Asparagus will do best when you trim the ends of the stalks and give them a generous rinsing. This will allow water to rejuvenate and help keep the asparagus nice and crisp! We recommend storing your asparagus upright with a little bit of water in a dish, a glass of water works well also. Making sure to cover with a plastic bag. A soaked paper towel at the bottom of a plastic bag with also do the trick if your fridge is lacking the space for a glass of water with vegetables in it. Never leave at room temperature, it will become rubbery and limp!
It is best to keep avocados at room temperature, at least until they have ripened. If you would like to time their ripening perfectly, you can store them in the fridge to slow the ripening process. In order to speed up the process, place the avocado in a brown paper bag with an apple or two, that should do the trick. After your avocado has ripened beautifully, they can be stored in the fridge. If it is cut, sprinkle the half with lemon juice and try to leave the pit in to prevent oxidation and to help keep it fresh longer!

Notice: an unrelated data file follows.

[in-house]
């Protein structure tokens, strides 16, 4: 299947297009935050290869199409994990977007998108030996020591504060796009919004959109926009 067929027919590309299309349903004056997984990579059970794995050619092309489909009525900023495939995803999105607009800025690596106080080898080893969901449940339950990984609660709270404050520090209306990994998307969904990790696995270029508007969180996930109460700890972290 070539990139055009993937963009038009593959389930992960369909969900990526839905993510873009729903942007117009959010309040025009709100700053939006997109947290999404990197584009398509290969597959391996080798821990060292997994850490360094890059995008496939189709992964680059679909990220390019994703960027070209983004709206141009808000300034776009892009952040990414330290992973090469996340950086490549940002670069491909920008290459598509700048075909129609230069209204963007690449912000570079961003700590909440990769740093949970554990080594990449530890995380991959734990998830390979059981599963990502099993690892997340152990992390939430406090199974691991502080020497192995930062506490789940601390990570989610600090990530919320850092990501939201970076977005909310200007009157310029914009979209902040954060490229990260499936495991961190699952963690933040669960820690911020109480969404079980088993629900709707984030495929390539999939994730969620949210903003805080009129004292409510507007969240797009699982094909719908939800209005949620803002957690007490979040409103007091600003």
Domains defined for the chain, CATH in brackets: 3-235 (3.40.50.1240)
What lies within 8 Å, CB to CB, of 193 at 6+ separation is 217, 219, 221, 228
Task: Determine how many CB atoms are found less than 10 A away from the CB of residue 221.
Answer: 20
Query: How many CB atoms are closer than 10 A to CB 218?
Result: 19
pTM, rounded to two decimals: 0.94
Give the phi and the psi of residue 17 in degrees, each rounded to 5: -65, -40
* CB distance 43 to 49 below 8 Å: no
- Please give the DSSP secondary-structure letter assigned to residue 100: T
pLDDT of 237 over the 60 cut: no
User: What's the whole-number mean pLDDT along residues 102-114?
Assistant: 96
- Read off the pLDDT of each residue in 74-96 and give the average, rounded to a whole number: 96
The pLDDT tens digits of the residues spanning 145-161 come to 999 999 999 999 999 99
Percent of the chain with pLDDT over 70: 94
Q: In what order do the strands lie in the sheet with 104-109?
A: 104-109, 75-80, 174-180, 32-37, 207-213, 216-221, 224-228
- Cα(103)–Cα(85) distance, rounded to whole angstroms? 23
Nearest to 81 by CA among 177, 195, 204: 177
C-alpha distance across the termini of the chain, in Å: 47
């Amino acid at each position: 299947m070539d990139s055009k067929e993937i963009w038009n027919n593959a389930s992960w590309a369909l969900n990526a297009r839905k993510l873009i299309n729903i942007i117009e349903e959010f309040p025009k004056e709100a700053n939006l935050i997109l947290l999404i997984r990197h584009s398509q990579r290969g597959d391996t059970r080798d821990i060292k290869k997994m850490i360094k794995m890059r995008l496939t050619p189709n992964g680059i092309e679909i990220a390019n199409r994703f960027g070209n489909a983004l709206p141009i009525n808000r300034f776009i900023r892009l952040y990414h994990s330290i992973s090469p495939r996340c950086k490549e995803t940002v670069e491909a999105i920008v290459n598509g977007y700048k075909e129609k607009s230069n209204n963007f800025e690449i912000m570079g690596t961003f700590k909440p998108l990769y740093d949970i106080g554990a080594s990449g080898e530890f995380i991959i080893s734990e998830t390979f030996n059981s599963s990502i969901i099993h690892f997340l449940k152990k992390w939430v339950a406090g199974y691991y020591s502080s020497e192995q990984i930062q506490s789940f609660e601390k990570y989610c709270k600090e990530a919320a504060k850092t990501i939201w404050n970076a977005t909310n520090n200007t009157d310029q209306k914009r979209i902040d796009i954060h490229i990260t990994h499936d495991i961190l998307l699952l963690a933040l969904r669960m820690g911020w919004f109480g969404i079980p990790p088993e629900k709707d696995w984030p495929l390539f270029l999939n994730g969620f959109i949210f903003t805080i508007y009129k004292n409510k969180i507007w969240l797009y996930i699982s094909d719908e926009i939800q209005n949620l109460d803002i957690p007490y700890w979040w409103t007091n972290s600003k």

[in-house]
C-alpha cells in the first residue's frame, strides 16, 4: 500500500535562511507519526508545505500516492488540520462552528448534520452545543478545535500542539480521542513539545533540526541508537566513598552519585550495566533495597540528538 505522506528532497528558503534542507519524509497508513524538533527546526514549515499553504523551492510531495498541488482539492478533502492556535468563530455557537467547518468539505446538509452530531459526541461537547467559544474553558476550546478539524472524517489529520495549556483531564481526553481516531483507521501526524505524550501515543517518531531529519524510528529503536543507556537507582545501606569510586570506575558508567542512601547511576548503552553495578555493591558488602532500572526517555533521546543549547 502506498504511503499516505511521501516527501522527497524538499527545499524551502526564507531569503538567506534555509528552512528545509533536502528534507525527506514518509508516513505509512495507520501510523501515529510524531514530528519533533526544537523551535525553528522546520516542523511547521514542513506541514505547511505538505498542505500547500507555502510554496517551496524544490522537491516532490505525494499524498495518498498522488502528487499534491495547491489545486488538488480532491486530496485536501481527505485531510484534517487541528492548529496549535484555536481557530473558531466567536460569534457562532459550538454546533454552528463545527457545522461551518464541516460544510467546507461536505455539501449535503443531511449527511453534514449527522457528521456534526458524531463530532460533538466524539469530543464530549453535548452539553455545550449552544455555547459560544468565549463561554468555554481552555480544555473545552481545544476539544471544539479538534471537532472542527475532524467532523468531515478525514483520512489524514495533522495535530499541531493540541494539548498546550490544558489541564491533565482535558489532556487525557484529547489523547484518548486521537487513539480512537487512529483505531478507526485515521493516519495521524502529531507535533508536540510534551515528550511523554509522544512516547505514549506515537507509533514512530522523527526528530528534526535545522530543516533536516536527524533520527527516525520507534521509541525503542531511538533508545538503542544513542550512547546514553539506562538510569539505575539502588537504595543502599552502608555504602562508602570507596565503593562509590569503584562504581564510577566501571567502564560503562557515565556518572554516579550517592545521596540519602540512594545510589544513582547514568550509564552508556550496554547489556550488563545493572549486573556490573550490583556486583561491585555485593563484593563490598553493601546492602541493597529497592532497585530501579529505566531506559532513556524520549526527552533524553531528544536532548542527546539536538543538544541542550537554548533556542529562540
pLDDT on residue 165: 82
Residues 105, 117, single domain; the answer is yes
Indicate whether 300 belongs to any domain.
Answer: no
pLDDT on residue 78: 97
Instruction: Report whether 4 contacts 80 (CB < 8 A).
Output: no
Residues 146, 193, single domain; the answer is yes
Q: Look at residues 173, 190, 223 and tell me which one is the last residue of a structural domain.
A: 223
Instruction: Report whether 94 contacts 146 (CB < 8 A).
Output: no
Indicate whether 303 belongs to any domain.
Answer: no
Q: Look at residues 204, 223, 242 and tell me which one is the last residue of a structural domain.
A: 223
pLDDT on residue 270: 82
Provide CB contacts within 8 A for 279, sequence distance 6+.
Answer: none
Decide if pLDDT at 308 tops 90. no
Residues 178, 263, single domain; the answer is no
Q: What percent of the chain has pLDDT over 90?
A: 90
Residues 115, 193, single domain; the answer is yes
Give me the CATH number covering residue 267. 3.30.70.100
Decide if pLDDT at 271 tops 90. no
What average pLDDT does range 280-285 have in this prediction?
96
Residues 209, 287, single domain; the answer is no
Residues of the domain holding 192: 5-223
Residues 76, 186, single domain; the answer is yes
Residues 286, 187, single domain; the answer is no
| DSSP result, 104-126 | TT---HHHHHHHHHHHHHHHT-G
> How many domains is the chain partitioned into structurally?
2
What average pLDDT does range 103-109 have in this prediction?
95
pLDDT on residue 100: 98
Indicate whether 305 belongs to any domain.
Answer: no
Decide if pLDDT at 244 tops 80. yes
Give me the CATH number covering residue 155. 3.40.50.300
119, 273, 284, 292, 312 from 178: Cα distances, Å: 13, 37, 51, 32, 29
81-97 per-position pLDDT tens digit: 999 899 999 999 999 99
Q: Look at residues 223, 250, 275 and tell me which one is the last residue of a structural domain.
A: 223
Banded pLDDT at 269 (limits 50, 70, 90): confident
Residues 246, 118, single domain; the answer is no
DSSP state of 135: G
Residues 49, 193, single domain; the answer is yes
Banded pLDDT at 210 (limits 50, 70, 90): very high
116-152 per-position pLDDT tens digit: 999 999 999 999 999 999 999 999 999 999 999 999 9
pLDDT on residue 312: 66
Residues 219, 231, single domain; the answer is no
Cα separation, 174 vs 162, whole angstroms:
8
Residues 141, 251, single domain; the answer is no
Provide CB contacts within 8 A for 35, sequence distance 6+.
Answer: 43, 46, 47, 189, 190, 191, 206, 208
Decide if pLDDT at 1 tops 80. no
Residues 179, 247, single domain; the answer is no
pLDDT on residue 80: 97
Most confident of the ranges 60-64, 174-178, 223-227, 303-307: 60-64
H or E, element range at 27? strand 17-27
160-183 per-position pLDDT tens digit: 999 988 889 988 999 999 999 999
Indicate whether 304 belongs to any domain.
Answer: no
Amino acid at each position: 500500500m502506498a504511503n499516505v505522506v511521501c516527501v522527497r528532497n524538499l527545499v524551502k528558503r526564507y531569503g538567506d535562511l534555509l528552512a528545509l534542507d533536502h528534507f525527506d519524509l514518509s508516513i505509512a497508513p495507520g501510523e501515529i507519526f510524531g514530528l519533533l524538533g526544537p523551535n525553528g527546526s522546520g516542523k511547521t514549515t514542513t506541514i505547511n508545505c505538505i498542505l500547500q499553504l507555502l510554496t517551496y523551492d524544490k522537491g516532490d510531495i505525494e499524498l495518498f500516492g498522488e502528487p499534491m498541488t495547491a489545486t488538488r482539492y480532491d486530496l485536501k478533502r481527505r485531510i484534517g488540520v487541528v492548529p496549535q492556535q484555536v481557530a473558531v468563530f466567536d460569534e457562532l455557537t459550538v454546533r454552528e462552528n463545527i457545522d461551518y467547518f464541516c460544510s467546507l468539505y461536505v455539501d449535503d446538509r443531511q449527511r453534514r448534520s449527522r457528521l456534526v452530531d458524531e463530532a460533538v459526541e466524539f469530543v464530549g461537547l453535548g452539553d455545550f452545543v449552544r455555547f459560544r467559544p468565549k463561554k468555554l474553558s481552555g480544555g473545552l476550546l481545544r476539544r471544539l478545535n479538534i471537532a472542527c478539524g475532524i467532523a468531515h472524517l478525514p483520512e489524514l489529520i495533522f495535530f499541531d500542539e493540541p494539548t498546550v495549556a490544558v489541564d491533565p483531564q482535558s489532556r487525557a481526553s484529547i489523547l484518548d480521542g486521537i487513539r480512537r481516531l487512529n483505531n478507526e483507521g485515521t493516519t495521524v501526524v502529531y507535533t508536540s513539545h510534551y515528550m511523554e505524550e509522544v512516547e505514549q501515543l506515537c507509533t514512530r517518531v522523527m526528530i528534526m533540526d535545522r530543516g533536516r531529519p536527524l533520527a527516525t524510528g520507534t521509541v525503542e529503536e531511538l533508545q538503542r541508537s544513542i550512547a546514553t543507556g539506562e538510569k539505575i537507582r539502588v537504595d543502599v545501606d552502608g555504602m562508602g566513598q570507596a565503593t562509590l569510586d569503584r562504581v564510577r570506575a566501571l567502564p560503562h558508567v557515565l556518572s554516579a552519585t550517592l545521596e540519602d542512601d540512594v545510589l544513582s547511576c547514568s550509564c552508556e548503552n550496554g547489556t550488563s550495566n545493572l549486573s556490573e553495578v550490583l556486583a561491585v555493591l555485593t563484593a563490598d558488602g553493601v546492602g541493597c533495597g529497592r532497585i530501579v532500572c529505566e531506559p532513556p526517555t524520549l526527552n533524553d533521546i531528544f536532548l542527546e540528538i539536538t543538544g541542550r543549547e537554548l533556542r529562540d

Similar to avocados, it is always a good idea to keep bananas at room temperature. That is, until they are ripened. Prematurely refrigerating bananas will ruin the ripening process and can make them fail to ripen accordingly. If your bananas haven’t been eaten by the time they start to accumulate brown speckles, feel free to refrigerate them to extend their lifespan.
With beets, and most root vegetables, you’ll want to cut off the leaves right away (If they come with any leaves). This will prevent the leaves from taking moisture from the roots. In doing so, they will stay fresher for much longer! Keep them in your fridge and don’t wash them until you are ready to use them. Any added moisture can result in mold accumulating.